Trademark infringement and loss of goodwill
    Direct selling companies argued that unauthorised sale of their products on e-commerce platforms amounted to trademark infringement, resulting in the dilution of the reputation and goodwill of their respective brands. In support of this argument, these companies alleged that the defendant e-commerce platforms routinely listed products that used the name and marks of the direct sellers in a deceptive manner. Direct sellers also alleged that e-commerce entities and merchants deliberately re-packed, re-labelled, or otherwise tampered with sealed products before delivering them to consumers. They submitted that online merchants often sold products on a non-returnable/non-refundable basis, which contradicted their own consumer-friendly return and refund policies.
    In their defence, the e-commerce players argued that direct sellers had no right to control or regulate the sale of their respective products after selling them to their distributors/resellers. They relied on Section 30 of the Trademarks Act, 1999, which codifies the doctrine of international exhaustion and creates an exception to the general rules of trademark infringement. The doctrine of exhaustion states that once a given product has been sold under the authorisation of the owner of the intellectual property therein, the rights of such owner are exhausted. The owner can no longer exercise his rights over those goods.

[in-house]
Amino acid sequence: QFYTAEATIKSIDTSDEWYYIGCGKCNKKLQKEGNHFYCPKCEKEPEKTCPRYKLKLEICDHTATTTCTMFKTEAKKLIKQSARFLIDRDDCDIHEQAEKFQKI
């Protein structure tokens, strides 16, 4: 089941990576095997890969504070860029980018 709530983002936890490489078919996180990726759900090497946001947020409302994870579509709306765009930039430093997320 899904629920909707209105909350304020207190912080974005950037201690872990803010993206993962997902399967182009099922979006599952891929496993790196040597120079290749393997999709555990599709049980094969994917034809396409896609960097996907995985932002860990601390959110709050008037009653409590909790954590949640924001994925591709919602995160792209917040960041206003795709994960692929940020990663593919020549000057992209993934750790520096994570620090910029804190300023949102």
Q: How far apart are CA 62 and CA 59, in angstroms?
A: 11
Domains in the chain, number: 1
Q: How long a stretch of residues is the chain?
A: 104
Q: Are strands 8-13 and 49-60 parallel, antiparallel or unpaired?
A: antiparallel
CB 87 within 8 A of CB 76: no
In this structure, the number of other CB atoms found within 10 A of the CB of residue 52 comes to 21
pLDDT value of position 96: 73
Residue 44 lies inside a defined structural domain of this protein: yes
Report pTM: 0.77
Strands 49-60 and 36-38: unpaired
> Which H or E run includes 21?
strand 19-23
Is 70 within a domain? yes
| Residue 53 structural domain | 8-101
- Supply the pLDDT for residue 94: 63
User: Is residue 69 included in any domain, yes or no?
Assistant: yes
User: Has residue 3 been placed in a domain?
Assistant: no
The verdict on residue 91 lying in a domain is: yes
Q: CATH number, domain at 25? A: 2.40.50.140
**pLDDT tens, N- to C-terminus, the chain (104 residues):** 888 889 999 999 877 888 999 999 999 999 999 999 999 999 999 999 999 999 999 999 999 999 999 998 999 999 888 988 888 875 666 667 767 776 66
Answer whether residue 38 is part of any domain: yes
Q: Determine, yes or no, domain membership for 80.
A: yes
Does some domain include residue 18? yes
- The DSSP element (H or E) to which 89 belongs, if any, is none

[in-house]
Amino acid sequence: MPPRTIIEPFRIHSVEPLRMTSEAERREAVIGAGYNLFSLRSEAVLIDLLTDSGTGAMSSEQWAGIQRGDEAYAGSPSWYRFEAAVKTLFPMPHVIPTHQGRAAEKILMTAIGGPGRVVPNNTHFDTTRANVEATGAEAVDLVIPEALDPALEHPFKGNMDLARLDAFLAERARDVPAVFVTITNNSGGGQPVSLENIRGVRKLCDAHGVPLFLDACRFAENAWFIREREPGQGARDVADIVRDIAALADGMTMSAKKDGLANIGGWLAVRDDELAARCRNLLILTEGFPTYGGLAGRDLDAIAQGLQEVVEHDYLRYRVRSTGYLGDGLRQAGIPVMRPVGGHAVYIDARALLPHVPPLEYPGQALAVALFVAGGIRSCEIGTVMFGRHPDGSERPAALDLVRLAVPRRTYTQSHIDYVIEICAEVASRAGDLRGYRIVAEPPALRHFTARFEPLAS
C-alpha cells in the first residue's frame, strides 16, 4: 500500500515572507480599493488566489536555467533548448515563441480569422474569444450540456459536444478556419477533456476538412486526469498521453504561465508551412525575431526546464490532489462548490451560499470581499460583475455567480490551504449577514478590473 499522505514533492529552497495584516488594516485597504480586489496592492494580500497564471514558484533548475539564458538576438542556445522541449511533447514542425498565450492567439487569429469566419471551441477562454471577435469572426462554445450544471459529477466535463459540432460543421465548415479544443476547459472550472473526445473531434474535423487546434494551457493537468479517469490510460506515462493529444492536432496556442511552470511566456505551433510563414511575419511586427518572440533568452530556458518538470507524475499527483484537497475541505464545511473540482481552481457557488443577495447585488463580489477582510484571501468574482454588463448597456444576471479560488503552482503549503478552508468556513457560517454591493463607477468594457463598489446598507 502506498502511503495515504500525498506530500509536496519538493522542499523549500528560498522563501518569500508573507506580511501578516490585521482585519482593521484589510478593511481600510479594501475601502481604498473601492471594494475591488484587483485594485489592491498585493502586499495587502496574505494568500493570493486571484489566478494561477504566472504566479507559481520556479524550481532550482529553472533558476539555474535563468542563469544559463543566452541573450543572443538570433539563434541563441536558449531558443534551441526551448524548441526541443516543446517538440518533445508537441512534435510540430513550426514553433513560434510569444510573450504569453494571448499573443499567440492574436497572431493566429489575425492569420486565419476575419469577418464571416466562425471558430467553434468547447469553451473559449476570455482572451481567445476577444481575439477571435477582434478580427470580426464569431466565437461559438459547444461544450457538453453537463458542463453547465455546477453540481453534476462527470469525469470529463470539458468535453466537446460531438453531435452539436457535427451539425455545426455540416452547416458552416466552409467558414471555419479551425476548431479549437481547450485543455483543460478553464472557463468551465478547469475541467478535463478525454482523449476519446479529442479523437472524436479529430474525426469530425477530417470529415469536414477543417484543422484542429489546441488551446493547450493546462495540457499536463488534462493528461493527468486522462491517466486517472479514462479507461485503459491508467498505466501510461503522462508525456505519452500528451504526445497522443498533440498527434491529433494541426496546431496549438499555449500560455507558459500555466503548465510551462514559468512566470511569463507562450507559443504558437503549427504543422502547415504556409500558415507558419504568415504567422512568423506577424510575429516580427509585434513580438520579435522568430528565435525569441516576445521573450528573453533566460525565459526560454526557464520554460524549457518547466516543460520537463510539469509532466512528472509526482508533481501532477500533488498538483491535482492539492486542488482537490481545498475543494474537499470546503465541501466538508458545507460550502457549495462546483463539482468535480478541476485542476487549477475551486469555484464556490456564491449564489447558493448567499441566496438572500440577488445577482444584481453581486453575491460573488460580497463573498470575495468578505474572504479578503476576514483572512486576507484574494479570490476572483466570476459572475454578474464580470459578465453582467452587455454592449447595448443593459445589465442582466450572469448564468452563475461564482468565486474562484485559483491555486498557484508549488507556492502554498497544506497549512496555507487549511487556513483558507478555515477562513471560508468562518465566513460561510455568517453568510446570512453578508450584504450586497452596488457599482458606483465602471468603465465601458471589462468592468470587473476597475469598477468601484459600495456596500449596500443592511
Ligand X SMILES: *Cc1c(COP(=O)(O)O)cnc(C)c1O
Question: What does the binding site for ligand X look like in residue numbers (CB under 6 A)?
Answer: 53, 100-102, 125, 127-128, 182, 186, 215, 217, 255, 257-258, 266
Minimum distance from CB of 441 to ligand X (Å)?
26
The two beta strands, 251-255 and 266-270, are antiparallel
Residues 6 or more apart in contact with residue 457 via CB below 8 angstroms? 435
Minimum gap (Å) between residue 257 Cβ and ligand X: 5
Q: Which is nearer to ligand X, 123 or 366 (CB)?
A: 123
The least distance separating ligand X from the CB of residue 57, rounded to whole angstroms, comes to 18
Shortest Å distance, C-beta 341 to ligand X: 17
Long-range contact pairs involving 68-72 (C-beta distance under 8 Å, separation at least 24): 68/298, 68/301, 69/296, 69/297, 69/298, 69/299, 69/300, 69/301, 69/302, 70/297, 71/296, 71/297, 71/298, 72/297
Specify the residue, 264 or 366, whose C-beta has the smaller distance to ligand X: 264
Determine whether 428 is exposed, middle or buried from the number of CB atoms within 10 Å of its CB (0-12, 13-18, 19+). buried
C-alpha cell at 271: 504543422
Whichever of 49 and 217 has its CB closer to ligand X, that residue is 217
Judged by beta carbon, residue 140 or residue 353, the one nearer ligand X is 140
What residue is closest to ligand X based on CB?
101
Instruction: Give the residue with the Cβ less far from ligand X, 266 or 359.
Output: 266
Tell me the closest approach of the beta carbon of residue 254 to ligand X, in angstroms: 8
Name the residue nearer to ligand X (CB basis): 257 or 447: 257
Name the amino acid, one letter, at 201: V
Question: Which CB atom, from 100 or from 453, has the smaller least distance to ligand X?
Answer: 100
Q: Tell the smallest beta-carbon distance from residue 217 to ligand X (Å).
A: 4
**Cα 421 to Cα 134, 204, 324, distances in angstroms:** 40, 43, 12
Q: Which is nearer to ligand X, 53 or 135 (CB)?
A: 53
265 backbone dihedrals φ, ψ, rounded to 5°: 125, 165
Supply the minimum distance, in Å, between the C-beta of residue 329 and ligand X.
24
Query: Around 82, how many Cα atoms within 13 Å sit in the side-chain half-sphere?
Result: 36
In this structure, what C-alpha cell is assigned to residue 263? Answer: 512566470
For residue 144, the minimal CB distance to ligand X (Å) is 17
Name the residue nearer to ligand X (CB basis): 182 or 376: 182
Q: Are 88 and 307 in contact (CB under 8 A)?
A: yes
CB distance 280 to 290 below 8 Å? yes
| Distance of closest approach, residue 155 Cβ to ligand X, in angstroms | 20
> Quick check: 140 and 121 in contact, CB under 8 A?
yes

Again, the court ruled in favour of the direct selling companies. The court held that, in the present case, the passing of ownership over goods was conditional upon the buyer adhering to the terms and conditions imposed by the manufacturer. The court further held that a defence under Section 30 of the Trademarks Act, 1999 would apply only where there is no change or impairment to the nature or quality of the products. Notably, the court observed that any change in the contents of a product, the related services, and warranties or applicable refund and return policies would constitute impairment. Based on reports submitted by several court-appointed commissioners, the court found blatant and extensive tampering of products by the defendant companies. It therefore concluded that the allegations of the direct selling entities were warranted, and that the sale of direct sellers’ products on e-commerce platforms constituted, among other things, trademark infringement.
    Intermediary liability
    While discussing the liability of the defendant e-commerce platforms, the court noted that these entities are not mere passive intermediaries, but are, in fact, massive facilitators. The court discussed in detail the plethora of support and ancillary services provided by these e-commerce platforms to sellers. However, it did not elaborate on whether the provision of such value-added services renders these entities ineligible for the protection conferred on intermediaries. Instead, the court simply observed that this issue would need to be adjudicated at trial.